It would be folly indeed if we were to believe that the consequences of all of these problems magically go away because someone has surgery.  Surgery addresses but one part of the picture, not the entire picture - different people will have suffered different degrees of consequences from their experiences.

The second point that I put forward is very important when interpreting Mr. Heyer's complaints.  As I point out in a prior post, Heyer admits to lying to treatment providers in his attempt to get gender surgery.  So, while Heyer is perhaps somewhat correct to be urging the treatment community to be cautious when providing treatment to transsexuals, his criticisms must be understood in the context that he does not seem willing to take responsibility for his own role in what happened to him.

Dr. Money, the sexologist, and Dr. Walker, the social psychologist, were promoting gender surgery and the idea that gender could be changed and artificially fashioned by surgery.  They were not about to embrace the American Psychiatric Association causal factors nor were they going to accept a diagnosis that included the word disorder.  They were aware that the DSM would promote psychotherapy as the recommended treatment for the psychological condition called GID, not surgery.  The logical outcome would be the marginalization of sex change surgery. [Sex Change - It's Suicide: Location 240]
Money and his reputation were about to take a hit at his home base, Johns Hopkins Hospital.  After twelve years of asserting gender was learned and backing it up with falsified research results, Money found himself on the losing side.  Results from a 1978 follow-up study of the patients treated at Hopkins were being gathered.  They showed no improvement from surgery, reinforcing the view that gender issues were psychologically based and surgery was not helpful.  That study would lead to the end of sex change surgery at Hopkins. [ Sex Change - It's Suicide: Location 256 ]

The study that Heyer refers to has been thoroughly debunked for methodological problems, as well as contradictory evidence from a lot of other sources.  The only person who took it seriously was Paul McHugh, who unquestionably had an axe to grind when he took over as head of psychiatry at Johns Hopkins.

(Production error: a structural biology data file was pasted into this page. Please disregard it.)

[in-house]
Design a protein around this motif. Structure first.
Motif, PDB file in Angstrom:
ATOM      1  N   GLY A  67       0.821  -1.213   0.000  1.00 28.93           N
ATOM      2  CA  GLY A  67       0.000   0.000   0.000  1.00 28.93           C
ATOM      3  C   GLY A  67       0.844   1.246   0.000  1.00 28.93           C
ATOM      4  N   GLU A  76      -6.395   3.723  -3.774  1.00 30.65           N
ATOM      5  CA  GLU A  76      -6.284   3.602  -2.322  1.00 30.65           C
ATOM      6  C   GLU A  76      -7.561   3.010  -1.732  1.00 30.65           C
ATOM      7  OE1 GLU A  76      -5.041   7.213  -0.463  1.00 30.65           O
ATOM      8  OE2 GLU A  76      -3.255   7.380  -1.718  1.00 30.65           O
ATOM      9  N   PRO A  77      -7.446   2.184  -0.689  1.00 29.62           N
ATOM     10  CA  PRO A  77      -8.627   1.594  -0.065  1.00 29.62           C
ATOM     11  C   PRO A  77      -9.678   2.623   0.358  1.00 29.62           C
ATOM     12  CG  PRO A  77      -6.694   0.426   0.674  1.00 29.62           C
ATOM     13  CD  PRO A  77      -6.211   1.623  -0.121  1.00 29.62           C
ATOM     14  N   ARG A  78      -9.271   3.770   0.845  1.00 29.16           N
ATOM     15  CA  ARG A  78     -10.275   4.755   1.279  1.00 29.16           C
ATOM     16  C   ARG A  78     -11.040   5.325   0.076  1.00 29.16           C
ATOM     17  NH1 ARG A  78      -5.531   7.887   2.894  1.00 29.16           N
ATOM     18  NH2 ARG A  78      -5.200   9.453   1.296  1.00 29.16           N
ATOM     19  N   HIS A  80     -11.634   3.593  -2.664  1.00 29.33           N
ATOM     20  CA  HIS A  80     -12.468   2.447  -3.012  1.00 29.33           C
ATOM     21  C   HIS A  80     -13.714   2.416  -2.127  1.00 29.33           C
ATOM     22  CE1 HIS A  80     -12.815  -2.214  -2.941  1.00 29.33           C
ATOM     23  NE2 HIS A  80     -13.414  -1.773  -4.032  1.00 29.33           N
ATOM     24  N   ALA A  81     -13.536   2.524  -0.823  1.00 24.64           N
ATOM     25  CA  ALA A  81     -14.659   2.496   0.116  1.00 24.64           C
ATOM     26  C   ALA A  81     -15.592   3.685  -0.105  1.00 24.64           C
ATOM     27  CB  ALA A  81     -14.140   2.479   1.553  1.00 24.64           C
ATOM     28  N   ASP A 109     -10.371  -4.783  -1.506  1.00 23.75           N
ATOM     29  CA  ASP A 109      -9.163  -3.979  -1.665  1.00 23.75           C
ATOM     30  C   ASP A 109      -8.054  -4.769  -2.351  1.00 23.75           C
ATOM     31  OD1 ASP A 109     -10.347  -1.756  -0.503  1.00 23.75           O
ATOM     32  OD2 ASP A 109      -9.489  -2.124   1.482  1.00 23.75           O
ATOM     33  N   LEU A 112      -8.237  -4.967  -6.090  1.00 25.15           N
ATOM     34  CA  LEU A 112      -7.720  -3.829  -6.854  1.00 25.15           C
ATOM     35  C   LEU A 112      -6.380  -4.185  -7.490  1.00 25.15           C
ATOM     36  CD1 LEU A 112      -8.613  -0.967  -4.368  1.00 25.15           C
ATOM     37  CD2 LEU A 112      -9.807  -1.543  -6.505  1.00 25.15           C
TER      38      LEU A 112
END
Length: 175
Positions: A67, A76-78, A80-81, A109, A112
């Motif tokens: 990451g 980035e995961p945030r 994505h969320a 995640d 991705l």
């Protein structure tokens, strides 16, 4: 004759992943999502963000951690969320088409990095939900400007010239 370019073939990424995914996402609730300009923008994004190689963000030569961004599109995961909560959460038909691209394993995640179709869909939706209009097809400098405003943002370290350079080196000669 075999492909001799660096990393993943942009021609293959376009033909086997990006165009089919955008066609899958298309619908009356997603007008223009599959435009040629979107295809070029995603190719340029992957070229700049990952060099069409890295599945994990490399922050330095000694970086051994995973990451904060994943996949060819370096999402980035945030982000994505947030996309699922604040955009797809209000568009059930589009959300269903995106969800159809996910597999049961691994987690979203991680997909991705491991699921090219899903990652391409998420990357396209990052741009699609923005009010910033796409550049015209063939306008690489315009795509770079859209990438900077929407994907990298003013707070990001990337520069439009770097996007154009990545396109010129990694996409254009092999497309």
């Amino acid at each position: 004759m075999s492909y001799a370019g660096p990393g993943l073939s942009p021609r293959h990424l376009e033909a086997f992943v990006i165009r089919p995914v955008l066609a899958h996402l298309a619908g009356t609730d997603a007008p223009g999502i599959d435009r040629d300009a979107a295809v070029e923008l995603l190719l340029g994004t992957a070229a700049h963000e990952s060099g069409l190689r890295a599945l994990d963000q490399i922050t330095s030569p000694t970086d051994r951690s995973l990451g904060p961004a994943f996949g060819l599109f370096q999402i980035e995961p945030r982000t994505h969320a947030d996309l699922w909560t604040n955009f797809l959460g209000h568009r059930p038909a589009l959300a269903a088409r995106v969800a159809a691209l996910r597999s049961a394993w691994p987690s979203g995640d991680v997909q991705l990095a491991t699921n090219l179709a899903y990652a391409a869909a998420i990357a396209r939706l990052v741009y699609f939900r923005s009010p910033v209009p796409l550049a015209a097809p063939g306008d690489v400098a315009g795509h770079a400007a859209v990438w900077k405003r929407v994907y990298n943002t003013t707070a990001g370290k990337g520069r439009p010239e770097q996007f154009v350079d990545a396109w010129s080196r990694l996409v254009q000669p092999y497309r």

Heyer goes on to claim that the WPATH Standards of Care are "meaningless" because they contain clauses which make it clear that a degree of clinical judgment is needed in order for a clinician to be able to handle individual cases in the most appropriate way.

The standards of are are as effective in prevent regret and suicide as a speed limit sign is in curtailing speeding. 
At this point in the discussion people with some familiarity with the transgender community will usually say, “But what about the standards of care?”  What about the two year trial period of living as the desired gender before being approved for surgery?”  In reply I use the analogy of a speed limit sign, based on my experience and from the experiences of those who write to me. 
The standards of care make good window dressing, nothing more.  One thing to know about the original standards of care, as well as their successor, is that they are merely suggestions to consider, not requirements.  Nowhere in the US will you find any enforcement of the approval process for gender surgery:  not for the transgenders or for the medical professionals who provide their care.  No enforcement of the standards, not at all.  [ Sex Change - It's Suicide: Location 400 ]

Really?  I find Heyer’s arguments here highly problematic.  First of all, he is arguing that the Standards of Care are not “enforced”.  I’m not sure what he means by “enforcement” in this situation.  He seems to overlook that in most medical professions, the notion of “standards of care” are enforced - primarily through practice ethical guidelines and professional licensing.  In short, if the professionals that Heyer is so critical of are in fact acting outside of a standards of care guideline, they can be accused of malpractice or at the very least ethical breaches.  

I will point out that only a handful of surgeons provide GRS services, and most of them have been at it for a very long time.  I would imagine that if their practices were that far out of line with the SOC and the ethical guidelines of their respective professional associations that they would have long since been accused of malpractice in a very public way.  The only case I can think of this happening is the highly dubious practices of Dr. John Brown, who had a deservedly horrible reputation among the trans community.

Heyer seems to think that the SOC should be a rigid process, forgetting the problems that rigid, inflexible programs that the 'gender clinic' era imposed on transsexuals and ignoring the steadily changing scope that practical treatment programs.

The WPATH standards will not prevent the approval of an individual for surgery nor do they prevent regret or suicide, no matter how rigorously they are applied.